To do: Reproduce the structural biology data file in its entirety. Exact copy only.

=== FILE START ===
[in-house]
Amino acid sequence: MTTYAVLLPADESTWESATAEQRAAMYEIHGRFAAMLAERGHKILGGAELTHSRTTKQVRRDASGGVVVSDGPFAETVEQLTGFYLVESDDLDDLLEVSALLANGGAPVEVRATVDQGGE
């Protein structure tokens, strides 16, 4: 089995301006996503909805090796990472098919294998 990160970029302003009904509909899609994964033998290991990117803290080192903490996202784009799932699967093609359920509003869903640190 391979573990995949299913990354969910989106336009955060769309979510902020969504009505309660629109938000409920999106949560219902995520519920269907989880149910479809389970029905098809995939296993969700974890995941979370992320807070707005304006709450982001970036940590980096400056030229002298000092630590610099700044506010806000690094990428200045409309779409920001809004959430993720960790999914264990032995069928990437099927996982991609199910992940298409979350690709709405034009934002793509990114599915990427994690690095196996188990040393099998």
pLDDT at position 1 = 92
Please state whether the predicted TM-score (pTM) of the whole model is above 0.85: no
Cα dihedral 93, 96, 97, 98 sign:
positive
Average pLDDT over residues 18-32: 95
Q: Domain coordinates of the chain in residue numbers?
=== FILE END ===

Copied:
[in-house]
Amino acid sequence: MTTYAVLLPADESTWESATAEQRAAMYEIHGRFAAMLAERGHKILGGAELTHSRTTKQVRRDASGGVVVSDGPFAETVEQLTGFYLVESDDLDDLLEVSALLANGGAPVEVRATVDQGGE
């Protein structure tokens, strides 16, 4: 089995301006996503909805090796990472098919294998 990160970029302003009904509909899609994964033998290991990117803290080192903490996202784009799932699967093609359920509003869903640190 391979573990995949299913990354969910989106336009955060769309979510902020969504009505309660629109938000409920999106949560219902995520519920269907989880149910479809389970029905098809995939296993969700974890995941979370992320807070707005304006709450982001970036940590980096400056030229002298000092630590610099700044506010806000690094990428200045409309779409920001809004959430993720960790999914264990032995069928990437099927996982991609199910992940298409979350690709709405034009934002793509990114599915990427994690690095196996188990040393099998």
pLDDT at position 1 = 92
Please state whether the predicted TM-score (pTM) of the whole model is above 0.85: no
Cα dihedral 93, 96, 97, 98 sign:
positive
Average pLDDT over residues 18-32: 95
Q: Domain coordinates of the chain in residue numbers?